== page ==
People collapsing in the street with respiratory problems. Doctors forced to use raincoats in place of proper protective equipment. And one of the world’s highest reported death rates from COVID-19. Indonesia is facing a looming crisis as the government’s tardy and piecemeal response to the coronavirus outbreak compounds the pressures on its over-stretched and under-funded health system.

In episode 4 of COVIDcast, Lowy Institute’s Executive Director, Michael Fullilove, sat down with Ben Bland, Director of our Southeast Asia Program and resident expert on Indonesia’s political system, to discuss the depth of the challenge facing Australia’s largest neighbour, and the response from President Joko Widodo.

It’s not a simple question of democracy versus authoritarianism but a question of whether states had prepared properly and were able to deploy their power quickly and effectively with the support of their population.

Each week since the severity of the coronavirus crisis became clear, Lowy Institute experts have been sitting down to discuss the implications of coronavirus for Australia, the Asia-Pacific region, and the world. Episodes one, two and three are already online, and this is the fourth instalment in the series, which we’ll be continuing on a weekly basis as this crisis unfolds.

This episode focused on how Indonesia, and the rest of Southeast Asia, is faring amid the global pandemic. Our Institute experts discussed the varying political responses across the region, the impending economic crunch and impact of geopolitics.

Bland, who is working on an upcoming Lowy Institute Paper about the Indonesian president, highlighted how Jokowi, as he is popularly known, has been caught flat-footed by the crisis:

[Jokowi] has a very “nuts and bolts” approach to managing the country, very focused on the economy, and I think that’s really caught him flat-footed in this case. With such a big crisis, tactics, which is really his specialty, is not enough. You need a strategy, you need powers of organisation, of delegation, of control, of narrative and communication … whereas he’s a guy who likes to see and do. What he needs to do is coordinate his team properly and that hasn’t been happening.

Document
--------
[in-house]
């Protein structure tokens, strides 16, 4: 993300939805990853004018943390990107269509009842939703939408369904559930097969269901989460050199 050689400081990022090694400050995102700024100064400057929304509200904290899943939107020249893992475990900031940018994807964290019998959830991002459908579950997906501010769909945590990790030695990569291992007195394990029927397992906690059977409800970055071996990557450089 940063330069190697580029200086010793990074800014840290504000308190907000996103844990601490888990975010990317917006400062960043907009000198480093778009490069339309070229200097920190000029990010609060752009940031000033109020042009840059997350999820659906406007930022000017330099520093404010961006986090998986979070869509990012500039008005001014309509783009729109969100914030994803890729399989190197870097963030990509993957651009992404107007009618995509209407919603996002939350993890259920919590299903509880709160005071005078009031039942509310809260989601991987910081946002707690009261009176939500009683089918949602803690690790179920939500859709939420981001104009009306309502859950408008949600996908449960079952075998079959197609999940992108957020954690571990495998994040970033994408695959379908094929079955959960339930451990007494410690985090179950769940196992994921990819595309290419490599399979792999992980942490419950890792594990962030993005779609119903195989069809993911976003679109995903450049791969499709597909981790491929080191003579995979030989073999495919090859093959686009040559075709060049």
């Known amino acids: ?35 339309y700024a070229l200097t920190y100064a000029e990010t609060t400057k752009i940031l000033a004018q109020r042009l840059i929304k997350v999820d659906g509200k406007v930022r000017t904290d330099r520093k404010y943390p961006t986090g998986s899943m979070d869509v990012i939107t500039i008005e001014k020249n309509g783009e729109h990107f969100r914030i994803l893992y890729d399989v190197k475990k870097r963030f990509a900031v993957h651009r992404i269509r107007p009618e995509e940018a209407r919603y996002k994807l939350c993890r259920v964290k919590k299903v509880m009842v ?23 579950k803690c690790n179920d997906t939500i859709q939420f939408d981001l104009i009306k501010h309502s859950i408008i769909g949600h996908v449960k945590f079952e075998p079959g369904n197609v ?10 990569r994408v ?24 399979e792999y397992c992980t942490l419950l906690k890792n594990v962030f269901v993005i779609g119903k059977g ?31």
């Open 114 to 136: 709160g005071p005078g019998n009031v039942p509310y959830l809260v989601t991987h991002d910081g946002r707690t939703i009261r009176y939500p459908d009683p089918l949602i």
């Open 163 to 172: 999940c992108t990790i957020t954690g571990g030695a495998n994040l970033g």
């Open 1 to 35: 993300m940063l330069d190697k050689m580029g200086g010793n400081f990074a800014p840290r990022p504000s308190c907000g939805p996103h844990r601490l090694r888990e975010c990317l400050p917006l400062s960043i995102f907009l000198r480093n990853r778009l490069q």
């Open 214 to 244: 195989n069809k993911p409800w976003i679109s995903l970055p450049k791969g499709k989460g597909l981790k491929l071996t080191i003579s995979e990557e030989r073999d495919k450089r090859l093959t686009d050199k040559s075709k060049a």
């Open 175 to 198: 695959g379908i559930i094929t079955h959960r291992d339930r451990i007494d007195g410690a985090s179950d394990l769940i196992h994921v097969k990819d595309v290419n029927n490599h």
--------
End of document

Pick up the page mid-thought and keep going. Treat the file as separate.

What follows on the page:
Bland and Fullilove also discussed whether authoritarian governments, which are the norm in Southeast Asia, have been more effective in responding to the pandemic. Bland argued that it wasn’t a simple question of democracy versus authoritarianism but a question of whether states had prepared properly and were able to deploy their power quickly and effectively with the support of their population. Singapore and Vietnam had been successful on that front, at least in combatting the first wave of the pandemic, but Thailand and Malaysia less so.

The deepening coronavirus crisis is likely to drive Southeast Asian governments to implement even more draconian measures in the months ahead, at a time when authoritarianism already seems to be on the rise. Bland argued that, in the region and beyond, governments will not rush to give up these expanded powers, adding to the pressures on global democracy:

One thing I do think we’ve seen in pretty much every country in the world, including developed and consolidated democracies, is a sense that more authoritarian or draconian measures are needed, and at the same time, fear, that once those measures have come in…[they] won’t retreat so easily.

COVIDcast is a pop-up podcast for anyone interested in understanding the effect of coronavirus on global politics, hosted by our resident experts and powered by the Lowy Institute, with production assistance from Madeleine Nyst and Erin Bassett.

Subscribe to COVIDcast on Apple Podcasts, listen on SoundCloudSpotifyGoogle podcasts, or wherever you get your podcasts.